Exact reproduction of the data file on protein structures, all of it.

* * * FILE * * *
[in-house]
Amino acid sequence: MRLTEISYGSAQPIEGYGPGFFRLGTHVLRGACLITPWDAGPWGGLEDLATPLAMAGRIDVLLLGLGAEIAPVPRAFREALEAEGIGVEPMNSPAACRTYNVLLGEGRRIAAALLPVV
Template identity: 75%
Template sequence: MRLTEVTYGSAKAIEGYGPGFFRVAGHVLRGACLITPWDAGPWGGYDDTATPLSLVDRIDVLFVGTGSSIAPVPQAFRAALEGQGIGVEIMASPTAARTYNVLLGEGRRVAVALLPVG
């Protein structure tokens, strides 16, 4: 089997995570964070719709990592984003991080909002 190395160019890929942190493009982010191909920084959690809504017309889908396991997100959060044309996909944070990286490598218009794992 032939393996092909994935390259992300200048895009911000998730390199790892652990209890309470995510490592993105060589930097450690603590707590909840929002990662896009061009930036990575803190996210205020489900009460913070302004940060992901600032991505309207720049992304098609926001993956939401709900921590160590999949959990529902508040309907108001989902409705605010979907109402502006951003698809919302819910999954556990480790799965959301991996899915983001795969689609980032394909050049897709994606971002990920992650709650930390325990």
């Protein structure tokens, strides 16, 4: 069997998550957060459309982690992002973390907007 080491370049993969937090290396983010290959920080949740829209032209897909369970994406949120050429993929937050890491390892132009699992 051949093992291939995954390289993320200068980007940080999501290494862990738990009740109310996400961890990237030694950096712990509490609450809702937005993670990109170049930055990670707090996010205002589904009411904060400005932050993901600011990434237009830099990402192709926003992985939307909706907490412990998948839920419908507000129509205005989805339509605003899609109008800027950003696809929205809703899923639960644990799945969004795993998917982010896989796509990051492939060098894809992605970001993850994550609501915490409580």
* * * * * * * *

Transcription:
[in-house]
Amino acid sequence: MRLTEISYGSAQPIEGYGPGFFRLGTHVLRGACLITPWDAGPWGGLEDLATPLAMAGRIDVLLLGLGAEIAPVPRAFREALEAEGIGVEPMNSPAACRTYNVLLGEGRRIAAALLPVV
Template identity: 75%
Template sequence: MRLTEVTYGSAKAIEGYGPGFFRVAGHVLRGACLITPWDAGPWGGYDDTATPLSLVDRIDVLFVGTGSSIAPVPQAFRAALEGQGIGVEIMASPTAARTYNVLLGEGRRVAVALLPVG
């Protein structure tokens, strides 16, 4: 089997995570964070719709990592984003991080909002 190395160019890929942190493009982010191909920084959690809504017309889908396991997100959060044309996909944070990286490598218009794992 032939393996092909994935390259992300200048895009911000998730390199790892652990209890309470995510490592993105060589930097450690603590707590909840929002990662896009061009930036990575803190996210205020489900009460913070302004940060992901600032991505309207720049992304098609926001993956939401709900921590160590999949959990529902508040309907108001989902409705605010979907109402502006951003698809919302819910999954556990480790799965959301991996899915983001795969689609980032394909050049897709994606971002990920992650709650930390325990």
């Protein structure tokens, strides 16, 4: 069997998550957060459309982690992002973390907007 080491370049993969937090290396983010290959920080949740829209032209897909369970994406949120050429993929937050890491390892132009699992 051949093992291939995954390289993320200068980007940080999501290494862990738990009740109310996400961890990237030694950096712990509490609450809702937005993670990109170049930055990670707090996010205002589904009411904060400005932050993901600011990434237009830099990402192709926003992985939307909706907490412990998948839920419908507000129509205005989805339509605003899609109008800027950003696809929205809703899923639960644990799945969004795993998917982010896989796509990051492939060098894809992605970001993850994550609501915490409580």